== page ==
I’d planned on posting about how the spring movie season marked the return of smart, satisfying science-fiction to the big screen. Then I saw Limitless; BIG disappointment. Still, the fact that three ideas-driven sci-fi movies performed respectably at the box office – all in the same one-month period – certainly qualifies as a resurgence of some sort. Each of these movies has a charismatic lead performance, an impossibly gorgeous young actress to gawk at, and something thought-provoking to say about the way we live in the 21st century. Reviewed in the order I saw them:
While watching The Adjustment Bureau, George Nolfi’s ridiculous (but strangely captivating) sci-fi/romance, I was reminded of Richard Kelly’s much-derided 2009 release, The Box. Both movies are based on short stories by celebrated SF writers (Philip K. Dick in the case of The Adjustment Bureau, Richard Matheson in the case of The Box), and both are about Men in Hats conducting grand experiments on the human race. I find myself returning to The Box quite often; the movie is inscrutable but atmospheric and never dull, and the score (composed by Win Butler and Regine Chassagne of Arcade Fire) is a super-cool homage to Bernard Hermann. Is Kelly’s movie all that more ludicrous than Nolfi’s, in which Matt Damon asks a mystery dude in a fedora, “Are you an angel?” At any rate, I was more enamored by Damon’s chemistry with Emily Blunt than by the faith-based sermon on free will that The Adjustment Bureau ultimately serves up. It’s a decidedly gooey, sentimental piece of sci-fi, but also an irresistible one – the cinematic equivalent of a big bear hug.
As mentioned earlier, the impact of Limitless is limited. It’s about an aspiring writer (Bradley Cooper) who discovers a miracle drug that gives him superhuman intelligence. Sounds like the recipe for a trippy, speculative cautionary tale about addiction and modern medicine, right? Instead, we get a weak narrative about stock market trading that’s about as much fun to watch as Atlas Shrugged is to read. You end up wondering what a young David Cronenberg might have done with this material. Director Neil Burger demonstrates some ingenuity with the “infinite zoom” shots, which, as the filmmaker has said, create the effect that you’re “rushing through the city streets but not at high speed – you are at an infinite zoom, moving relentlessly at real time but faster than everyone around you.” As others have said, this effect is “nauseating”.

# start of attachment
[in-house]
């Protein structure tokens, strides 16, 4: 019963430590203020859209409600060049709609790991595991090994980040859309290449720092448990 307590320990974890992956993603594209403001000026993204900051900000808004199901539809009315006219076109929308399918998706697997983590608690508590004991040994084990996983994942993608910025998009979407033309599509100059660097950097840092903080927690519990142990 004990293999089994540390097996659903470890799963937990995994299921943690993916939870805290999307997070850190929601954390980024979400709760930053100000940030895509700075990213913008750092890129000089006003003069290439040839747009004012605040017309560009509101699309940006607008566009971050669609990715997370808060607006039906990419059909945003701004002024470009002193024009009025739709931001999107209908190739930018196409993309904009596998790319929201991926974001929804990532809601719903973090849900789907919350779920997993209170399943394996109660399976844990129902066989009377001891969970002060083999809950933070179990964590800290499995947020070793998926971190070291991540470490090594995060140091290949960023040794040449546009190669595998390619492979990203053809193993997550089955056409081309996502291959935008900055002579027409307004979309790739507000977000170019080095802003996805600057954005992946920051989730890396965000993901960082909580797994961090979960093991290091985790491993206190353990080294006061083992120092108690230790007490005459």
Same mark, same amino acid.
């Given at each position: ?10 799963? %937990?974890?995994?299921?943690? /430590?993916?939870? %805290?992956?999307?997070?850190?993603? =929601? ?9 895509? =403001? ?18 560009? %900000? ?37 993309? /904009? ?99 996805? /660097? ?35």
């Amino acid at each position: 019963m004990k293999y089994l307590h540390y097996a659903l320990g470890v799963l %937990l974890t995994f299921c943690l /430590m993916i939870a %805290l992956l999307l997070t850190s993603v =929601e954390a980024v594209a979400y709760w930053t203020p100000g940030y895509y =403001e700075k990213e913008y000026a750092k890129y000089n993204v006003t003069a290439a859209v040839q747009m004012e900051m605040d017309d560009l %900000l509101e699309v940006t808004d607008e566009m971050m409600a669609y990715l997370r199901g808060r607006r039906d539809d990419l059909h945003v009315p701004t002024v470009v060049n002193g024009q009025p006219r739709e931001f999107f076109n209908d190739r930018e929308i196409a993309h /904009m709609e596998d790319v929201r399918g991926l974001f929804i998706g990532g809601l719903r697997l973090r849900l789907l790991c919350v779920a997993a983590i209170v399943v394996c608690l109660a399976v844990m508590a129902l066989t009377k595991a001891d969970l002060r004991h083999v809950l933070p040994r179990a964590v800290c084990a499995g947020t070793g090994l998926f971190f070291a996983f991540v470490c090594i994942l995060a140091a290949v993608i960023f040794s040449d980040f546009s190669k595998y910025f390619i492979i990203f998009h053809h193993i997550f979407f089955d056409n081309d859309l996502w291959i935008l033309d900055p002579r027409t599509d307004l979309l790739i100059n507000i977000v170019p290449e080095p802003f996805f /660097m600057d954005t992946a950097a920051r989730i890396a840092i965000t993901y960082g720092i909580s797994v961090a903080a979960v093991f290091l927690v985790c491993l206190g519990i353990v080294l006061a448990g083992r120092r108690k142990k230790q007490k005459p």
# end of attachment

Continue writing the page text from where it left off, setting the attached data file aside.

After showing great promise with The Illusionist, Burger has failed to live up to his potential in recent years. (Like Limitless, 2008’s The Lucky Ones was a major letdown). In contrast, Duncan Jones just keeps getting better and better. After Moon and now Source Code (his first two feature films, if you can believe that), he just might be the best sci-fi director working today. Easily one of the best films of 2011, Source Code stars Jake Gyllenhaal as Capt. Colter Stevens, a war vet assigned to find the bomber of a Chicago-bound train. To do this, he must repeat the same eight minutes on a loop (and get blown to bits each time he fails to identify the perpetrator). With its zeitgeist-y terror plot, sexy stars (Michelle Monaghan plays Gyllenhaal’s love interest) and twisty script, the movie is an absolute winner from first scene to last. How much do you want to bet that Jones (the son of David Bowie, if you can believe that) knocks Moon 2 out of the park?